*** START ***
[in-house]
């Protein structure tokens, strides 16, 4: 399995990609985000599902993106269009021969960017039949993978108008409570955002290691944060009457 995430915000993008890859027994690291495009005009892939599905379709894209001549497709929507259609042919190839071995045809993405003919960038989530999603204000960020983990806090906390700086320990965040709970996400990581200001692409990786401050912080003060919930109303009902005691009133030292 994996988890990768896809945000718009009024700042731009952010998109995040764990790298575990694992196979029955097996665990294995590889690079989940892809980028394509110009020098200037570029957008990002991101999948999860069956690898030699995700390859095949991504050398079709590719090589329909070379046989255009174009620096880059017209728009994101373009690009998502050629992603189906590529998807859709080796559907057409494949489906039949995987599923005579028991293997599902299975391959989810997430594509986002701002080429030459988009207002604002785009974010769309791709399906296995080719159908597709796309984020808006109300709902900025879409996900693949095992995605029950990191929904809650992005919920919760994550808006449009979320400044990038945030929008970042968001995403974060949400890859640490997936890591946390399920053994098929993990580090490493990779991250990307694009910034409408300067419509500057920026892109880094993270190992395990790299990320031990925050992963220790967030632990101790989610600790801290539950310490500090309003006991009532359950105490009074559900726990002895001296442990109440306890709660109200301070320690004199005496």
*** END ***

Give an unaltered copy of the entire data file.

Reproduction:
[in-house]
């Protein structure tokens, strides 16, 4: 399995990609985000599902993106269009021969960017039949993978108008409570955002290691944060009457 995430915000993008890859027994690291495009005009892939599905379709894209001549497709929507259609042919190839071995045809993405003919960038989530999603204000960020983990806090906390700086320990965040709970996400990581200001692409990786401050912080003060919930109303009902005691009133030292 994996988890990768896809945000718009009024700042731009952010998109995040764990790298575990694992196979029955097996665990294995590889690079989940892809980028394509110009020098200037570029957008990002991101999948999860069956690898030699995700390859095949991504050398079709590719090589329909070379046989255009174009620096880059017209728009994101373009690009998502050629992603189906590529998807859709080796559907057409494949489906039949995987599923005579028991293997599902299975391959989810997430594509986002701002080429030459988009207002604002785009974010769309791709399906296995080719159908597709796309984020808006109300709902900025879409996900693949095992995605029950990191929904809650992005919920919760994550808006449009979320400044990038945030929008970042968001995403974060949400890859640490997936890591946390399920053994098929993990580090490493990779991250990307694009910034409408300067419509500057920026892109880094993270190992395990790299990320031990925050992963220790967030632990101790989610600790801290539950310490500090309003006991009532359950105490009074559900726990002895001296442990109440306890709660109200301070320690004199005496």